By Graham of East London Radical Assembly and London Anarchist Federation
The left loves marching. At their best, marches can be invigorating, unifying, and help to bring new people into active struggle. They can also be a massive waste of time and resources, make next to no impact, and serve largely to demoralise and demobilise. So what distinguishes a good march from a rubbish one? Here’s a quick look back at some of the best London marches of the past 12 months, and what made them stand out.
Focus E15 Mothers have rightfully been one of the most talked about activist groups in London of the past year. Their strengths haven’t just been in grabbing headlines with explosive direct action (like their occupation of a block of flats on the Carpenters Estate), but also through a long term and slow building engagement within the local community in Stratford. This culminated in a recent March Against Evictions to mark their 2nd anniversary, which brought together a number of housing campaigns from across the city. Beyond the usual collection of activists and trade unionists, there were also many local people who had never previously been involved with political activity, who had become galvanised by the housing conditions in the city and by Focus E15’s campaigning. The march was both a celebration of two years success, an act of defiance against the intimidation of the local authorities, and a moment of politicisation for those new to the struggle.
In a very short space of time Sisters Uncut have built a reputation for being the most creative and militant group in the London activist network. From their pounce onto the red carpet at the Suffragette premiere to occupying Kensington High Street and burning the Daily Mail, they have a knack for choosing the right targets and creating arresting images for grabbing media and onlookers’ attention. The climax of their sombre and powerful Funeral March was no exception, with the Trafalgar Square fountains ending up stained an appropriately sickening blood red. The march itself was brilliantly orchestrated, with most in attendance veiled and in black, memorial flower arrangements spelling out ‘Domestic Violence Services’, and coloured smoke bombs, all in their trademark green and purple. The visual element isn’t just a matter of catching attention, but also plays a part in creating Sisters Uncut’s sense of unity and solidarity, which sets them apart as one of the most supportive organising groups in the city.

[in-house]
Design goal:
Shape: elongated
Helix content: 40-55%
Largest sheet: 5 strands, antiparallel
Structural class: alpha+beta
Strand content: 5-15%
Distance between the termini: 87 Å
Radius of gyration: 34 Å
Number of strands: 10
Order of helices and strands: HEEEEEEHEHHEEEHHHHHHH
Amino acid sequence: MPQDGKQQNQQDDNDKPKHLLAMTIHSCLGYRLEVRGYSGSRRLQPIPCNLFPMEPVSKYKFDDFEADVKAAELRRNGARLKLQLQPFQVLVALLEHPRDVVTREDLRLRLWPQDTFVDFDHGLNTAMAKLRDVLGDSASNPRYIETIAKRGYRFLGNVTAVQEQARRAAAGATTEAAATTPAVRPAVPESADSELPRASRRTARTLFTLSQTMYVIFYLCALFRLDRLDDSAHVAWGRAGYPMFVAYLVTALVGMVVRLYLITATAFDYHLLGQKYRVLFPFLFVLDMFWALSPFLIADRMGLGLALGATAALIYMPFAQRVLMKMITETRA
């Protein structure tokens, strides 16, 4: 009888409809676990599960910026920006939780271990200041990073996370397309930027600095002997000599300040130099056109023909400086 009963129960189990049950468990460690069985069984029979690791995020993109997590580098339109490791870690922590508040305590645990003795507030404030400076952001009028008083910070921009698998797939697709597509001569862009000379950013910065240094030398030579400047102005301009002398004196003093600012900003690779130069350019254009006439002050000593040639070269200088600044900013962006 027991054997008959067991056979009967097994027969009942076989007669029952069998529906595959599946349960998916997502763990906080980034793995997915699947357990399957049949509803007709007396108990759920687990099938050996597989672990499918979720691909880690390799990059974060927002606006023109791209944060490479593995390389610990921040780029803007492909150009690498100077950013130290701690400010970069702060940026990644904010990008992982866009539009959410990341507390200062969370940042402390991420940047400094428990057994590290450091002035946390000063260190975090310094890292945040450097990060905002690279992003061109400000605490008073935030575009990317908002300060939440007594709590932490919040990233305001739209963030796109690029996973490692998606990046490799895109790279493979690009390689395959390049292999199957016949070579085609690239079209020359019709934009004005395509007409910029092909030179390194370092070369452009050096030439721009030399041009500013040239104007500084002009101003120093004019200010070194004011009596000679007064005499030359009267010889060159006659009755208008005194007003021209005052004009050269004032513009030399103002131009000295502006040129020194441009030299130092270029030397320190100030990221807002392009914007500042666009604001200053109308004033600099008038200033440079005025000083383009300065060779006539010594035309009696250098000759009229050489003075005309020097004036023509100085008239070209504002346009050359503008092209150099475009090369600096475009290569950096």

Bringing together disparate groups
The first ever Peckham Pride march was recently organised by the groups Movement for Justice and Lesbians and Gays Support the Migrants. It was a sorely needed alternative to the official Pride marches, which have come under increasing criticism for their tepid liberalism and disconnect from Pride’s formative political roots. The Peckham event in contrast both celebrated freedom and diversity whilst also speaking out against the treatment of LGBT asylum seekers in immigration detention. It was an event built by grassroots groups, which was careful to engage the community beforehand and make sure there was local support. On the day was a beautiful display of unity between campaigners and locals on two issues that have not typically been closely tied: former detainees chanting for LGBT rights, marchers draped in rainbow flags thrusting Shut Down Yarls Wood placards into the air, and the destruction of an immigration enforcement piñata at the finale, all balancing fun and anger throughout.
Challenging liberal narratives
Of course when disparate groups come together, it’s not always so harmonious. At the recent People’s Climate March for Justice and Jobs, the front of the march was initially promised to Wretched of the Earth, a grassroots collective representing indigenous people and diaspora communities from the global south. But when it became clear that WotE’s message was far more radical than the organisers had anticipated, this offer seemingly expired. The NGOs refused to let the march begin until WotE moved back, sanitising the message by bringing their own corporate-friendly banners to the front for the media. Banners challenging imperialism and capitalism were pulled from people’s hands. A standoff ensued, from which WotE emerged victorious and took the front of the march. This spectacle of a struggle playing out within the march itself exposed the inadequacies at the heart of the liberal NGO-led environmental movement. It created a platform to speak to the activist community about how their actions can reflect and reproduce racist global power structures. And it has helped to galvanise Wretched of the Earth as a regularly meeting network of groups taking collective action.
Whilst we can never know in advance how an action will play out, whether it’s a march or otherwise, there are still lessons to be learned from past successes. As well as the elements outlined above of community engagement, visual impact, fostering concrete solidarity between groups and creating a platform for radical messages, there is another crucial point that connects each of these examples: they were led by those most affected. Not by self-appointed leaders from large NGOs, political parties or trade unions, but by former immigration detainees, people displaced by gentrification, indigenous activists and survivors of domestic violence. Others were there showing solidarity, but on terms set by those who needed to be heard the most. If marching is to work to bring about revolutionary change, it can’t simply be a utilitarian act of bland ‘unity’ to bring about a specific future aim (e.g. changing government policy). It has to be in itself an aim, an empowering moment, where those who are least heard in politics and the media are given the biggest voice.
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